In the wake of tracks like ‘Claptrap’, ‘Maximum Busy Muscle’ and ‘Punters Step Out’, the seven minutes of samba drums, oddly filtered hand claps and off-kilter pan pipes of ‘Get Centred’ don’t feel like an odd proposition coming from the single syllabled producer, Joe. And that’s precisely why he’s one of the greats. His intermittent release schedule (just three 12” releases since 2013) makes him unpredictable at best, but his steadfast and singular focus in exploring the outer realms and following his odd beat ideas through to their natural conclusion is truly most admirable. These new productions are hypnotic, unassuming creepers. TIP!
The dub version of Cando’s ‘Bleak’ is fantastic, because it’s so damn oppressive and ominous. The non dub version shows exactly how a drum line can change and alter the vibe of an idea and, when taken in tandem, the two tracks manage to encapsulate the spirit of what the Livity Sound lads do with their Reverse series: uniting sub bass pressure with a techno driven desire for rolling, broken drums.
Doing the requisite bits with one’s bassline has always been THE most important about dubstep, and on the strength of a couple of the cuts on Belgian producer Teffa’s new EP for Overdue, I’d say he understands that sentiment perfectly. The sense of wayward, playful buoyancy in his low-end is really kind of refreshing; especially on ‘Shell It’, where he juxtaposes those lush chords with a fury of blunted stabs.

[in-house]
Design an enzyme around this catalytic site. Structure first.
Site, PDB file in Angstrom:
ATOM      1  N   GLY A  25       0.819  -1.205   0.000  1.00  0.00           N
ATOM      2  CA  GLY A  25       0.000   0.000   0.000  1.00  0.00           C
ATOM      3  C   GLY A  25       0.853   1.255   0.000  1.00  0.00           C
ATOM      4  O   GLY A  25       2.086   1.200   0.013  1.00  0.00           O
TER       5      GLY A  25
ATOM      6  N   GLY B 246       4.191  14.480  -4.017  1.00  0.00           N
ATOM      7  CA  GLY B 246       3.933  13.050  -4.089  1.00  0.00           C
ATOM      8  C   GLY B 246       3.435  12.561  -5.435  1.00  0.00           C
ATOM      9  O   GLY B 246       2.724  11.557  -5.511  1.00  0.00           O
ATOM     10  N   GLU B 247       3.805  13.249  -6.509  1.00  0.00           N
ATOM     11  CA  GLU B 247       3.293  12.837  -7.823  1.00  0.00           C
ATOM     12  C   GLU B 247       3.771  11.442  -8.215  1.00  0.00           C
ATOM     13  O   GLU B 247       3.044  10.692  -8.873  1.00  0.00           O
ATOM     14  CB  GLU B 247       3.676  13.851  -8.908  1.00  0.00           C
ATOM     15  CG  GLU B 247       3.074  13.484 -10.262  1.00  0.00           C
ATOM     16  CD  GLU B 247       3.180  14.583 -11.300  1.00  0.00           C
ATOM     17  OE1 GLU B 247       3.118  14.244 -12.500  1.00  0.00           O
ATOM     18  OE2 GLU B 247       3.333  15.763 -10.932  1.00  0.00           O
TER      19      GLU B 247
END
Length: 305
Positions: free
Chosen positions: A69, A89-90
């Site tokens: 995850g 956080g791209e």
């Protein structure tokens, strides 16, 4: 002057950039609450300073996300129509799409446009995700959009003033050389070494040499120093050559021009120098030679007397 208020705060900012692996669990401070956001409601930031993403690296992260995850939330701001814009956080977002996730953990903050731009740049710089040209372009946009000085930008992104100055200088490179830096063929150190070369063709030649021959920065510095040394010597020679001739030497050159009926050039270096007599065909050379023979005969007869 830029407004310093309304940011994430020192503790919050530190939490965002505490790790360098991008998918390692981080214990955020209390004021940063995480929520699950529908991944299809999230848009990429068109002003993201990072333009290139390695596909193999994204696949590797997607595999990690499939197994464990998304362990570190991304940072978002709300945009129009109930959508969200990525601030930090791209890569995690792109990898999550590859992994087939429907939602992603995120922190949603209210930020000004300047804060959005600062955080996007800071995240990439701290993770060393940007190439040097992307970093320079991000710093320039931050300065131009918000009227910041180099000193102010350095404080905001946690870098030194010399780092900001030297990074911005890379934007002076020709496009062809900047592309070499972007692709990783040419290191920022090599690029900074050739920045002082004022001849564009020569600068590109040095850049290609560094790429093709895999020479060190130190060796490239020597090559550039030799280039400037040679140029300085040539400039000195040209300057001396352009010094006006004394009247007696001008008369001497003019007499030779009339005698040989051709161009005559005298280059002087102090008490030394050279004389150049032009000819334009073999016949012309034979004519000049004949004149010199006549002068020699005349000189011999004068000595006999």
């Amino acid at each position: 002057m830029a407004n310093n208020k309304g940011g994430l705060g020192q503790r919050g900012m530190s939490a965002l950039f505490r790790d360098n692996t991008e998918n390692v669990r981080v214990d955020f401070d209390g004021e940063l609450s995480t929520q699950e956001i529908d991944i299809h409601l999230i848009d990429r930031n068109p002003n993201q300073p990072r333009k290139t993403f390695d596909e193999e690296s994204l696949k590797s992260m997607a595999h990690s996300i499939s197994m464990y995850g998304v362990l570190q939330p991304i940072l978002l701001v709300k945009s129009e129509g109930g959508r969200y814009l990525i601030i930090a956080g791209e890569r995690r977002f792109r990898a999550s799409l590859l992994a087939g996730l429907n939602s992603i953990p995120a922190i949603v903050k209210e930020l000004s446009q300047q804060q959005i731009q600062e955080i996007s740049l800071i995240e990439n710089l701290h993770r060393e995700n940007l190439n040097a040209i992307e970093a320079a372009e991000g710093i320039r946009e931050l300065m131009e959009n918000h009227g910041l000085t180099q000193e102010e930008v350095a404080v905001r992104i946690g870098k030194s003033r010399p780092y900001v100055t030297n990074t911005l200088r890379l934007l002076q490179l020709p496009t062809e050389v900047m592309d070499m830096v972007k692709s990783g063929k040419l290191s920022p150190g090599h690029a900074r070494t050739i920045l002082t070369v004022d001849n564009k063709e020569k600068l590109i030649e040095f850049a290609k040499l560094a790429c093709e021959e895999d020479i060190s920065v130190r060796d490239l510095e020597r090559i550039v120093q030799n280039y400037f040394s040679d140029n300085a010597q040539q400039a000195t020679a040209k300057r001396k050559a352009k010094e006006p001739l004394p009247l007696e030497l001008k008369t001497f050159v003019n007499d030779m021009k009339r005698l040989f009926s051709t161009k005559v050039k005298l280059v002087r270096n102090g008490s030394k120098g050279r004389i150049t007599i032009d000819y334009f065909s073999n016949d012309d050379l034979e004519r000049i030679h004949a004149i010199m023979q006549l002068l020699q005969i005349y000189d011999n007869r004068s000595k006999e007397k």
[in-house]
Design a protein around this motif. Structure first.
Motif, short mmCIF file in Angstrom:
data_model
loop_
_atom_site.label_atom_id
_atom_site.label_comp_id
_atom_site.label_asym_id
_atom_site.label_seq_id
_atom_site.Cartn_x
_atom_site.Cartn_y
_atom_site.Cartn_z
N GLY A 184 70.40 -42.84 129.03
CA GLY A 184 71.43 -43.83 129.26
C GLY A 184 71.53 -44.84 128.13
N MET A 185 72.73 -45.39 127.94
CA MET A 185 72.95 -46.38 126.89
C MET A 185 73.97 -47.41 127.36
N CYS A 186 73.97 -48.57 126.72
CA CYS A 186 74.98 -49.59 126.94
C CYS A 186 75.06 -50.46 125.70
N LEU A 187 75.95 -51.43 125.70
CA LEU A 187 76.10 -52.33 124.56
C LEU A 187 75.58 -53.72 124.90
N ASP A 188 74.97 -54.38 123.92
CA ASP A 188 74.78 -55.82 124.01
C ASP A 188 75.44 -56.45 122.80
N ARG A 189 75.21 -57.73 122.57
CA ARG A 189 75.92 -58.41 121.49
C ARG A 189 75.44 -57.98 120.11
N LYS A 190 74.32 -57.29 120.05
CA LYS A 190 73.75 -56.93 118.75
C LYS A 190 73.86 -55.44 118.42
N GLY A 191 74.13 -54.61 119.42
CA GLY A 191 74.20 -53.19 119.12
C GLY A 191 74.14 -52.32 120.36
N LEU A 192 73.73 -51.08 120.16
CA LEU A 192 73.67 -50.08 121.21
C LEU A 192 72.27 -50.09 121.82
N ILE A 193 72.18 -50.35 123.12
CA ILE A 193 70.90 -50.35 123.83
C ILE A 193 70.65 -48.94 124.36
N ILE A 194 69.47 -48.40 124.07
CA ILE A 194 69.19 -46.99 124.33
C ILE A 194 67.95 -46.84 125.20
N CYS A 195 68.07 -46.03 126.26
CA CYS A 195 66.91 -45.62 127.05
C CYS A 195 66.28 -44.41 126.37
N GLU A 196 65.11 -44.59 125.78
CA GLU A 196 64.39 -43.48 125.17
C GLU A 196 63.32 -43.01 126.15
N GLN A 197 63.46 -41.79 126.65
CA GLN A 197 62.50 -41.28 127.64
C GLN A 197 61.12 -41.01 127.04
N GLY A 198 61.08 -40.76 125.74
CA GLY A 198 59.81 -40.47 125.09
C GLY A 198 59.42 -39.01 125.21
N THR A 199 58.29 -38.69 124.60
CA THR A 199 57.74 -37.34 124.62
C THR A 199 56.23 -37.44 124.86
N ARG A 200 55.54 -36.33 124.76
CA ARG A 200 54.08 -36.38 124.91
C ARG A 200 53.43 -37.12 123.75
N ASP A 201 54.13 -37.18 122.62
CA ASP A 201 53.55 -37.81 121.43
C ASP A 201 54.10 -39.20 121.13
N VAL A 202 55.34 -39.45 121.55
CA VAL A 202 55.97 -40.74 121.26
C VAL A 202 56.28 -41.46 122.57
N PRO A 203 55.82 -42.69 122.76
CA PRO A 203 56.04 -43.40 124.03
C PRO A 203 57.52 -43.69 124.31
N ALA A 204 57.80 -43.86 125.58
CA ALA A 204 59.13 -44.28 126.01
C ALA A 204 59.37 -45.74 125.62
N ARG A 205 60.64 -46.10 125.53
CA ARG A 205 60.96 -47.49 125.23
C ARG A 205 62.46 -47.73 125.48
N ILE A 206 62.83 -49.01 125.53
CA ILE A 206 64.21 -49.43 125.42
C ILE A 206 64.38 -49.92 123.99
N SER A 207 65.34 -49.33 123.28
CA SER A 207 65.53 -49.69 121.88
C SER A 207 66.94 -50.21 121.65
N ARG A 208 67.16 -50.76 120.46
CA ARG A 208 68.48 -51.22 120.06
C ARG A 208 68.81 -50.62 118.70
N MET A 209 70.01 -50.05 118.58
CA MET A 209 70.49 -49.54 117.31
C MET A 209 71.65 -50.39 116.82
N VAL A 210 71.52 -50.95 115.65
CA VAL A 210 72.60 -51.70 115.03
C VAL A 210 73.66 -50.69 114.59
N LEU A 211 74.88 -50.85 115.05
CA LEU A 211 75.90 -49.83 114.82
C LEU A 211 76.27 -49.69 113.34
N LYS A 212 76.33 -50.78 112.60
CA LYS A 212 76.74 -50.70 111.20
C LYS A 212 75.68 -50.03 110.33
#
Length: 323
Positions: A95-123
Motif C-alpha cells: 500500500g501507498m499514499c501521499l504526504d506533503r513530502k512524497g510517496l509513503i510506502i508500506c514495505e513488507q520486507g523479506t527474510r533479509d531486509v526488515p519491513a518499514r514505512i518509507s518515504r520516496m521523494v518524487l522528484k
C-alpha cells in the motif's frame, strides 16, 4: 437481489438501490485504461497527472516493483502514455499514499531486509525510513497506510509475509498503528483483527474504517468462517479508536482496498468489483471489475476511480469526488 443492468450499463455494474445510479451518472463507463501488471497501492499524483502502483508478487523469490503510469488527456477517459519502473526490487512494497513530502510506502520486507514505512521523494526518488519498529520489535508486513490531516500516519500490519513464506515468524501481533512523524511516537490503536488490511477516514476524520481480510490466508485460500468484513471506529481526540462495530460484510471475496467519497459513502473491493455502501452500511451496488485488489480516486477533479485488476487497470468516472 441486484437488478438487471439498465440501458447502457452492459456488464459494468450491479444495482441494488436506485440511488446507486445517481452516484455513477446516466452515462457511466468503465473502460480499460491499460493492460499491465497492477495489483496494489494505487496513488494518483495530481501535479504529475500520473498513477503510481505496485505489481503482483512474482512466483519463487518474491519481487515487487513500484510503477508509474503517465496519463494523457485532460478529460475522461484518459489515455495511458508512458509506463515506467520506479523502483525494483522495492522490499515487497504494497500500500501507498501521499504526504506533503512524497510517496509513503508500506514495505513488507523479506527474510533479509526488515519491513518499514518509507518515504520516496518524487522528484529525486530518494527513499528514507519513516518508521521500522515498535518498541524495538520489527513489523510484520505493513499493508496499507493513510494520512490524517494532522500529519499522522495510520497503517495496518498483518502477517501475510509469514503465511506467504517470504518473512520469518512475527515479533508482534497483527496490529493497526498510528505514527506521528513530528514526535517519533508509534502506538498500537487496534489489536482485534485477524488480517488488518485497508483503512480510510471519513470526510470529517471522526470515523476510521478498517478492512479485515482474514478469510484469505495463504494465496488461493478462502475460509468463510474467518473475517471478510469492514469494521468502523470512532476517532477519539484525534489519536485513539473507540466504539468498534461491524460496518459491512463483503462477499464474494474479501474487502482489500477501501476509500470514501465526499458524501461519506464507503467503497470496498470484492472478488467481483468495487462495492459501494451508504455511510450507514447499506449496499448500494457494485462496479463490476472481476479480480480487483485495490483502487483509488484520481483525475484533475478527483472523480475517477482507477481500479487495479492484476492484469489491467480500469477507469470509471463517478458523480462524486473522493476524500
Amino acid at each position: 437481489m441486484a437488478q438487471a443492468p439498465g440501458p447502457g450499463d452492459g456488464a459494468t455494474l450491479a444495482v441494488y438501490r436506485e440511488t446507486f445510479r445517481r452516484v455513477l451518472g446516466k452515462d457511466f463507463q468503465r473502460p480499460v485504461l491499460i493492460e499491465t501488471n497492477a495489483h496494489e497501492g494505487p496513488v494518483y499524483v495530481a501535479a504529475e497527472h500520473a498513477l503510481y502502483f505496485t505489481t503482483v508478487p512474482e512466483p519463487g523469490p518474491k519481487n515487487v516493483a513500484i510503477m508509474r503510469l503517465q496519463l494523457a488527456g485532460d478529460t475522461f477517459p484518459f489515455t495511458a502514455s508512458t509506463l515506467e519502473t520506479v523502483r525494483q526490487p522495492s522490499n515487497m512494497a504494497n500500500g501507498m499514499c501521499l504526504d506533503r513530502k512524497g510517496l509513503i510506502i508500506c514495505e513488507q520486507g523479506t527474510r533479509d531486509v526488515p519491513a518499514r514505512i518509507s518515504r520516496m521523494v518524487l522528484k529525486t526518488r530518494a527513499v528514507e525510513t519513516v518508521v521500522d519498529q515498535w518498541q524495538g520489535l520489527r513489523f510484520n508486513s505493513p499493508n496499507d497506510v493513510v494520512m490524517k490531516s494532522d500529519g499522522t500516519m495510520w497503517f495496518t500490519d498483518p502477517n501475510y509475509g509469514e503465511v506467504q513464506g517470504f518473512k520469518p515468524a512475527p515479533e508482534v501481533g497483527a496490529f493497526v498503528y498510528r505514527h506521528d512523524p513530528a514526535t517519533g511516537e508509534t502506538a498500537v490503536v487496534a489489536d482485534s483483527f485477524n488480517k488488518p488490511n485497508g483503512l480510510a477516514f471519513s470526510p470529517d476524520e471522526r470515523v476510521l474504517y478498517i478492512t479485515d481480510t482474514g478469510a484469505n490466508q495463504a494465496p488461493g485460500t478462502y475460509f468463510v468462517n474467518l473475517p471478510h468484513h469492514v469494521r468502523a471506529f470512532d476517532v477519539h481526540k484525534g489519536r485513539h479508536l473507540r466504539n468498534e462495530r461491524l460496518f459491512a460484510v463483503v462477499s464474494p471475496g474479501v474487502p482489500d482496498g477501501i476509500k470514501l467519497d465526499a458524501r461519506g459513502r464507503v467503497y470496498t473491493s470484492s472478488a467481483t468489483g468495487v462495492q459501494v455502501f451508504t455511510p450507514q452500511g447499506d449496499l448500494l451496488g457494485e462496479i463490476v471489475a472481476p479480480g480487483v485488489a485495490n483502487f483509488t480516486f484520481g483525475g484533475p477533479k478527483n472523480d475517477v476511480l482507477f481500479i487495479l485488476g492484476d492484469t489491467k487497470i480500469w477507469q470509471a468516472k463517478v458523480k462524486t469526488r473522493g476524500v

'Long Way From Claxton Point'
The third release on the Great Yarmouth-based imprint Kikuji finds long time scene contributor Ploom blossoming into something extra. His music sounds like it’s been hunkered down in a bunker with nothing but stale air, music theory textbooks and porridge oats for nourishment. Rugged and complex, it’s still got the knuckles to bruise a dancefloor, but one gets the impression that there’s technical emotion gone into every pesky layer.
The lead cut from Terror’s latest album project ‘Module’ doesn’t try and reinvent the wheel; it exists to embrace the smoothness of the wheel’s curve and the sleekness of its perimeter. A tightly wound scythe of a bass riff, that sounds like a PC choking itself for pleasure, guns in and out over a scattered drumline that feels delightfully restrained. Stripping things back gives it a wonderfully raw, motivated feel.
A duo of zero-guff, semi-oddball heaters from Bengal Sound grace the latest already long sold-out plate from Bristol’s Bandulu label. Simplicity is probably both the driving force and saving grace. Thick, dense, foggy atmospherics. Hard, basic rhythms, and the kinds of hooks that’ll carry a tune all on their own, regardless of progressions or arrangements. Why dress it down when they hit so hard on their own?
A producer with proven heritage in bass-heavy circles, J Sparrow steps out on Coyote Records with a duo of warbling dubstep cuts that seem diametrically opposed to each other. ‘Single Time’ is this big, simplistic, riffed up stomp, freewheeling around the dance, but ‘VHS’ is a bit more subtle; the trackier, arpeggiated bassline sitting behind the halftime drums. What’s really great is how Sparrow makes them effortlessly coexist.
Basically, yeah, this three-tracker for Mr Mitch’s Gobstopper from BFTT is absolutely fucking great. It’s perfectly delivered. The EP ramps up from the fractured grime of ‘Like’ through several different iterations of drum work. And talk about a realised sound palette: it’s like some of the sunnier elements of the Boxed-led instrumental grime movement got tracked, hunted, splayed and then ceremoniously draped over a slew of steppy skeletal techno riddims.